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Topic: New Product: Audio Hacker shield (Read 2750 times) previous topic - next topic

nootropic

nootropic design is very happy to announce the Audio Hacker shield!  The Audio Hacker allows you to perform realtime digital signal processing: record audio samples into memory and play them back. Mix samples, manipulate audio, build audio effects, or synthesize entirely new sounds.

It has 256K of serial SRAM, a 12-bit ADC, and 12-bit DAC.  All the product details are at http://nootropicdesign.com/audiohacker

The Audio Hacker library makes it easy to build your own projects and comes with great examples: http://nootropicdesign.com/audiohacker/projects.html




The optional DJ Shield gives you 5 buttons and 3 pots to use for your audio projects:




robtillaart

#1
Jul 06, 2013, 08:17 pm Last Edit: Jul 06, 2013, 08:22 pm by robtillaart Reason: 1
interesting!
Could it be used as a 12 bit oscilloscope (with sample memory)?
Is it easy to get the data from the shield to the Arduino and back?
-- edit--
it would be cool if the gain could be controlled from Arduino (I2C digital pot meter?)
+ bookmarked
Rob Tillaart

Nederlandse sectie - http://arduino.cc/forum/index.php/board,77.0.html -
(Please do not PM for private consultancy)

nootropic

Quote
interesting!
Could it be used as a 12 bit oscilloscope (with sample memory)?

Interesting idea, yes.  The sample rate would be limited to around 30 kHz I think. 

Quote
Is it easy to get the data from the shield to the Arduino and back?

Yeah, just normal serial communication.  The library API makes it easy to read from the SRAM chips into a buffer.

Quote
it would be cool if the gain could be controlled from Arduino (I2C digital pot meter?)

The incoming data can also be modified to apply a gain programatically.  Your code has complete control over the data.  The main constraint is the time required to do a floating point operation (over 300 clock cycles on an int), but it can be done if the sample rate is low enough.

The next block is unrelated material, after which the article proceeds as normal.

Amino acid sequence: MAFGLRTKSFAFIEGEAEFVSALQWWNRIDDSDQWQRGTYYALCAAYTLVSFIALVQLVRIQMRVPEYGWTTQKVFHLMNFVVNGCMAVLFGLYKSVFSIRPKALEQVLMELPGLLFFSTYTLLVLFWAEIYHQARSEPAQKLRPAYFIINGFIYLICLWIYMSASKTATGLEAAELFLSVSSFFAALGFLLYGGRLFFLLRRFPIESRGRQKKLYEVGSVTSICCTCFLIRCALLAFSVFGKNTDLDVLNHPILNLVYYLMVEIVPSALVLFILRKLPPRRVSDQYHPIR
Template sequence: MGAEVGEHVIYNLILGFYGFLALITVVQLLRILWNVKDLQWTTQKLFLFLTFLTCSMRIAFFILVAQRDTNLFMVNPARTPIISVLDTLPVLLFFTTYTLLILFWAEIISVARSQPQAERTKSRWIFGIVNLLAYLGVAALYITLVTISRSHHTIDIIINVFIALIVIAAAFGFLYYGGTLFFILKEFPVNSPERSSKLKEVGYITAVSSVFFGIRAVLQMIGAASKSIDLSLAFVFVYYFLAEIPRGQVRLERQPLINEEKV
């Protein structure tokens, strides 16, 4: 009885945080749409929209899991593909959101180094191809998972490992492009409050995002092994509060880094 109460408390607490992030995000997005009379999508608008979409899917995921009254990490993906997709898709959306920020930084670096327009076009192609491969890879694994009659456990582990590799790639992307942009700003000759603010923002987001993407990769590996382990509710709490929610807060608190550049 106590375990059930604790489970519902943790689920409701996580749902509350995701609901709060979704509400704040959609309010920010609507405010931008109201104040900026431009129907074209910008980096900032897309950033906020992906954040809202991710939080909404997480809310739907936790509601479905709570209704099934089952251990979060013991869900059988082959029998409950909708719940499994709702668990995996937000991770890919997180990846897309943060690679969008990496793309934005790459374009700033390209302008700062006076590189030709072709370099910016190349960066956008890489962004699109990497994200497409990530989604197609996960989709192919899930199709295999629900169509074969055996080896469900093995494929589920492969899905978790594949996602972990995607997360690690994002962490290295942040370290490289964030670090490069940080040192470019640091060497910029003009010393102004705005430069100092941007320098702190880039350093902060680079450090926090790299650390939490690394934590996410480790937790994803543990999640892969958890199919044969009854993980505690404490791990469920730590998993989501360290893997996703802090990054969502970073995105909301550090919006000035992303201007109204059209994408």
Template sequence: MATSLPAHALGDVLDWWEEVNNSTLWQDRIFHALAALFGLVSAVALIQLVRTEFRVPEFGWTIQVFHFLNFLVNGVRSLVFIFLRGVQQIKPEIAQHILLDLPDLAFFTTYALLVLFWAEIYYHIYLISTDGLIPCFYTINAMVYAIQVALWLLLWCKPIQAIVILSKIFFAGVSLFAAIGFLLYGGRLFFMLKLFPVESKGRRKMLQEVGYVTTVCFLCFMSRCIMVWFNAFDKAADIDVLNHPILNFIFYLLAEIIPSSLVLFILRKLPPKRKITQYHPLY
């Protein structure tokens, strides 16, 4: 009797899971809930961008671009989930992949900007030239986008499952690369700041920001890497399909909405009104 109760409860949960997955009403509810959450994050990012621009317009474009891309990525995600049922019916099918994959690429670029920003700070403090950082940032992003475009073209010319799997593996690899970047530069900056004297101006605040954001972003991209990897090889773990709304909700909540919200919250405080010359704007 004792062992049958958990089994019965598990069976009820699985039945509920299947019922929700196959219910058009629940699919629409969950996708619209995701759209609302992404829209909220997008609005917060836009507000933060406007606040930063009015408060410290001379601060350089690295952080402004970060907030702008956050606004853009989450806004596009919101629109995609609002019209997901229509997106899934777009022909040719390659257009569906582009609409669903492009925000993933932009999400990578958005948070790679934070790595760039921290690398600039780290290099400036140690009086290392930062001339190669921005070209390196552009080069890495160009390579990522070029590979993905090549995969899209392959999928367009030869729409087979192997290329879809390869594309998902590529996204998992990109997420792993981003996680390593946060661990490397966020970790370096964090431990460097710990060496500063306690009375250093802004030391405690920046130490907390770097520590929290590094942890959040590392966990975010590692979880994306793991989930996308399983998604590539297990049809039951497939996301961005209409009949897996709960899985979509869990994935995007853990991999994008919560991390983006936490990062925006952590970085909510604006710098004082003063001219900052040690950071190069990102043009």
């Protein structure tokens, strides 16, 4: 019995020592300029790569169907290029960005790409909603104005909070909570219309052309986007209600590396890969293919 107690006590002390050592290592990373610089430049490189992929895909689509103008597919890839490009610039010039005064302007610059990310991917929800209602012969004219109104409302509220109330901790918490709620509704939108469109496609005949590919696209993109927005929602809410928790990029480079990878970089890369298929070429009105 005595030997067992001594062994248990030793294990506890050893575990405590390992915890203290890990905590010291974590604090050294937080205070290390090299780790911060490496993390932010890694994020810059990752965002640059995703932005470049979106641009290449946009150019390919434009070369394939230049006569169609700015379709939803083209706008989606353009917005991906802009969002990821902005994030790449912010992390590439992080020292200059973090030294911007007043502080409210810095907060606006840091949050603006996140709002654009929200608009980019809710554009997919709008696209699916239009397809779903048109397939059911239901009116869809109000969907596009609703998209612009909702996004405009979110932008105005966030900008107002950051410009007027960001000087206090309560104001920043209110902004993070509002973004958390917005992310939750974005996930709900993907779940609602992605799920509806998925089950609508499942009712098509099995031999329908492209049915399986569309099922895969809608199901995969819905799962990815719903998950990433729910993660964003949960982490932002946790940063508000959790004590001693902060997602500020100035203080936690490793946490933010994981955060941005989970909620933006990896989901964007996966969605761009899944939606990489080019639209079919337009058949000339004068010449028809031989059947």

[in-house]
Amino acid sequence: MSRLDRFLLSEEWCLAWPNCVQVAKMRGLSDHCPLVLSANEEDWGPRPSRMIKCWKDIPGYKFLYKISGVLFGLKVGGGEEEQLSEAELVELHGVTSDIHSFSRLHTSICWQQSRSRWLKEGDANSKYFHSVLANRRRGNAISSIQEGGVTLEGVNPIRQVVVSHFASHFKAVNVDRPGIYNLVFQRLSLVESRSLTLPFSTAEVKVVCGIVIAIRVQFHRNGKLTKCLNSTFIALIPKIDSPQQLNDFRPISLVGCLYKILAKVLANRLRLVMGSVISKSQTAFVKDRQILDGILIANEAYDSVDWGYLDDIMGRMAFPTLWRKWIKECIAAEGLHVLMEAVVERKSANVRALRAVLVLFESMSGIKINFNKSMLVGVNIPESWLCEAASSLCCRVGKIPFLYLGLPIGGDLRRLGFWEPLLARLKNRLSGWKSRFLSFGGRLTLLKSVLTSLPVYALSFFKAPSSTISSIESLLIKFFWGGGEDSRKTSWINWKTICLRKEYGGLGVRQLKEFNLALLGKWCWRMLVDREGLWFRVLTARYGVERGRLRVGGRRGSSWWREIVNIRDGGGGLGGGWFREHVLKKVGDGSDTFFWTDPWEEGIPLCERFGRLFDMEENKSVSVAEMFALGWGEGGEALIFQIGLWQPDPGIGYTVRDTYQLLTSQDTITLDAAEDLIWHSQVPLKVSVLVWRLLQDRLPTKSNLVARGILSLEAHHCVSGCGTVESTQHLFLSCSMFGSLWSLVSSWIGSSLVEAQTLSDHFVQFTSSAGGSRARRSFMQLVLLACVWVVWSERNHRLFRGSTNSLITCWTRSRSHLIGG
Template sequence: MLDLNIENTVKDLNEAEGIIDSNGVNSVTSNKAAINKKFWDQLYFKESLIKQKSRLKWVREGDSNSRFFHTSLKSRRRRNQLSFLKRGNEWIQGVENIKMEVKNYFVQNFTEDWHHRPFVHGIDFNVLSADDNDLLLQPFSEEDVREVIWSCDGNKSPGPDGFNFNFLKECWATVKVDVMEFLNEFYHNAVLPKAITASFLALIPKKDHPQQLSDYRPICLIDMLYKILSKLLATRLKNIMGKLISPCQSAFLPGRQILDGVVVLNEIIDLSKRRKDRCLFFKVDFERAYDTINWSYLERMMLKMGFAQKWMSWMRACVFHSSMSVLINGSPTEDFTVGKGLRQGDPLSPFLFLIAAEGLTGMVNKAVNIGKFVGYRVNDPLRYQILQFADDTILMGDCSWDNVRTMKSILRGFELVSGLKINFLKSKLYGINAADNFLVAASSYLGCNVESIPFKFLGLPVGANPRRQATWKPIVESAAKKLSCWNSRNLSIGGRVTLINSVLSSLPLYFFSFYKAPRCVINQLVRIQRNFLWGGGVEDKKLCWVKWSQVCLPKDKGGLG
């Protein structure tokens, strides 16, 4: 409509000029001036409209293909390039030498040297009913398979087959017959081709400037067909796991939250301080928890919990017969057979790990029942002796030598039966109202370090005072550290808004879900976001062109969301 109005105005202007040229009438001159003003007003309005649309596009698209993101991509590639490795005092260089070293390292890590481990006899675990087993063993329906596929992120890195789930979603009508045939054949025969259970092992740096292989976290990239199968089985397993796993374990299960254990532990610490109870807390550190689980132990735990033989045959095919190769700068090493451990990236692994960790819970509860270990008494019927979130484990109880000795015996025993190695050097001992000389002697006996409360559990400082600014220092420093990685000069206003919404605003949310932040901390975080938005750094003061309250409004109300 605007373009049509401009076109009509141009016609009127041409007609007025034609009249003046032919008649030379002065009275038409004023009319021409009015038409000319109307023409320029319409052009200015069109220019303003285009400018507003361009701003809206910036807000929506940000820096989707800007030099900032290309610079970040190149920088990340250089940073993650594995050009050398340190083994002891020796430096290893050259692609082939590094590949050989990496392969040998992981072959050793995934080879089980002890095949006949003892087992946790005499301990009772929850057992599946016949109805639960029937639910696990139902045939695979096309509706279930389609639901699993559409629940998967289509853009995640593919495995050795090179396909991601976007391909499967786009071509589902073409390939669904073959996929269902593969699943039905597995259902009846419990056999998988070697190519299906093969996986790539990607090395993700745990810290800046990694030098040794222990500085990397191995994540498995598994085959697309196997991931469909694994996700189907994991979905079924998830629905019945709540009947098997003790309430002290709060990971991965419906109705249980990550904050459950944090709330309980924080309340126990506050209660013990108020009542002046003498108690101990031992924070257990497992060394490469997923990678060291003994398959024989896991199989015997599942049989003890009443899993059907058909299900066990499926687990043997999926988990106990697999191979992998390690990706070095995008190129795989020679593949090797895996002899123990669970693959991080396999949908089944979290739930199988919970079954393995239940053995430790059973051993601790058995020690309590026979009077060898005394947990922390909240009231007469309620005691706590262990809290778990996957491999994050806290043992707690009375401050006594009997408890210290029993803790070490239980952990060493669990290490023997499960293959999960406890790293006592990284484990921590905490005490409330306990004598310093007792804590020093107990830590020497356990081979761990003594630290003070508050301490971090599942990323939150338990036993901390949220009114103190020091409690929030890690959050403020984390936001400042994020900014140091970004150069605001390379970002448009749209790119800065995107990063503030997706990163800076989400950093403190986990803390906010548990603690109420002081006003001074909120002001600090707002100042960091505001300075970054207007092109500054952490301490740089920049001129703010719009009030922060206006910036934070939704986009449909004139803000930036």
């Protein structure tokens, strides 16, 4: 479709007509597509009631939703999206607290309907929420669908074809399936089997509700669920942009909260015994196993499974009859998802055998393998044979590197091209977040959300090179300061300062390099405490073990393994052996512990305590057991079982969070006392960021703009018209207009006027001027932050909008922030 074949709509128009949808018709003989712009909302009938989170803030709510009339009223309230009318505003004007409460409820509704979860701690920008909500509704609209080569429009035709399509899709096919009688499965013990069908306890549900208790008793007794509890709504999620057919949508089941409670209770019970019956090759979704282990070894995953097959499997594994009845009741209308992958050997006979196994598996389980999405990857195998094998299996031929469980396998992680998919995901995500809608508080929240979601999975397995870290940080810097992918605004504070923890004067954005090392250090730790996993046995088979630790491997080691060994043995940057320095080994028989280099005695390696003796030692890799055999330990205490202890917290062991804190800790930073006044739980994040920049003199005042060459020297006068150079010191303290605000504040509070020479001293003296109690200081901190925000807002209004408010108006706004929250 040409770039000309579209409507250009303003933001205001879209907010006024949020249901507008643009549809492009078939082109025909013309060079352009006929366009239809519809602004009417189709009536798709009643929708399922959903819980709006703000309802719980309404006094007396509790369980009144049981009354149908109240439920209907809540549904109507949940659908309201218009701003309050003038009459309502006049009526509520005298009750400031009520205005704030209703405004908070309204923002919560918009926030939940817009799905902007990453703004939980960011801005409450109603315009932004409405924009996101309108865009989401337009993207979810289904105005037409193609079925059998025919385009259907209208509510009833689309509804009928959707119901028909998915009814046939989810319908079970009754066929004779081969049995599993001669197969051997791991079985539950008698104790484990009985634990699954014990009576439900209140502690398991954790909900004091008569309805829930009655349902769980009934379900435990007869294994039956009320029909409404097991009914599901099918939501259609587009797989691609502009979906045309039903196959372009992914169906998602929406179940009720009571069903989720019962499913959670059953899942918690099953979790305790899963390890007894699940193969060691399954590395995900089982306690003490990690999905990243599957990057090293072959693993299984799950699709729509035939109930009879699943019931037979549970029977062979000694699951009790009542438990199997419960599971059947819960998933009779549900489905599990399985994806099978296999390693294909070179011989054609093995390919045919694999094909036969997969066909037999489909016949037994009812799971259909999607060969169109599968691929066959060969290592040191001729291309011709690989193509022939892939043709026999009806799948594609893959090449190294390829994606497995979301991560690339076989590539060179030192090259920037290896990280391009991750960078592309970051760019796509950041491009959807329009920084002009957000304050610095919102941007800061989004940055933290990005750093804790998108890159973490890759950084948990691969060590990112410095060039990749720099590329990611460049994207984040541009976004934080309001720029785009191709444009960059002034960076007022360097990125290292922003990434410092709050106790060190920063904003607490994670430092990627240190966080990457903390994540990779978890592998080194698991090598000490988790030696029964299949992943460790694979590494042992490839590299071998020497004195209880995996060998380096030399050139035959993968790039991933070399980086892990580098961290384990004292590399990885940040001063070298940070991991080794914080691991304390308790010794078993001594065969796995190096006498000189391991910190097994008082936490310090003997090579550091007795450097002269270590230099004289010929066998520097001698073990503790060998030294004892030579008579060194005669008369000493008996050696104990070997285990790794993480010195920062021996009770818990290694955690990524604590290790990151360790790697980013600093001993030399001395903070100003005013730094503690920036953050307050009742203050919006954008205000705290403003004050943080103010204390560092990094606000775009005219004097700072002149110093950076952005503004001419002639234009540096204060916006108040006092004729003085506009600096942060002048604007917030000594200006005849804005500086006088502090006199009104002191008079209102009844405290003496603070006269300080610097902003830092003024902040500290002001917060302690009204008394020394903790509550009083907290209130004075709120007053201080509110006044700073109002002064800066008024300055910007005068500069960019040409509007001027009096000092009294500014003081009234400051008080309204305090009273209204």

robtillaart

Quote
The sample rate would be limited to around 30 kHz I think.

not too bad

Quote
The main constraint is the time required to do a floating point operation (over 300 clock cycles on an int), but it can be done if the sample rate is low enough.

if the float is a constant there might be some tricks to speed it up. E.g. multiply by PI

Code: [Select]
uint32_t mulPI(uint32_t in)
{
  // -1,0,3,6,11,12,13,14,15,16,18,19,21,23
  // 11,12,13,14,15,16, == +10 -16
  uint32_t q = (in<<1) + in + (in>>3) + (in>>6) + ((in>>2) - (in>>8))>>8;
  return q;
}


see also - http://forum.arduino.cc/index.php?topic=172635.0 - and -  http://forum.arduino.cc/index.php?topic=167414.0 - if you are interested in optimizing
Rob Tillaart

Nederlandse sectie - http://arduino.cc/forum/index.php/board,77.0.html -
(Please do not PM for private consultancy)

czak

Hi, I think Audio Hacker is a great project and I appreciate you providing your designs on the website.

I have a question: in an audio project I'm building I'm aiming to store up to 1 minute of decent quality sound (12bit 22kHz is decent). Do you have experience with larger memory ICs? Are there any which could work in place of the SRAM chips on Audio Hacker?

I've been looking into AT45DB series. Do you have any experience with those?

nootropic

@czak,
Thx for your compliments.  I'm not familiar with the AT45DB flash chips.  I wonder how fast they'd be, as speed is critical for decent sampling rates.

earx

cool, excellent, that stackable design!

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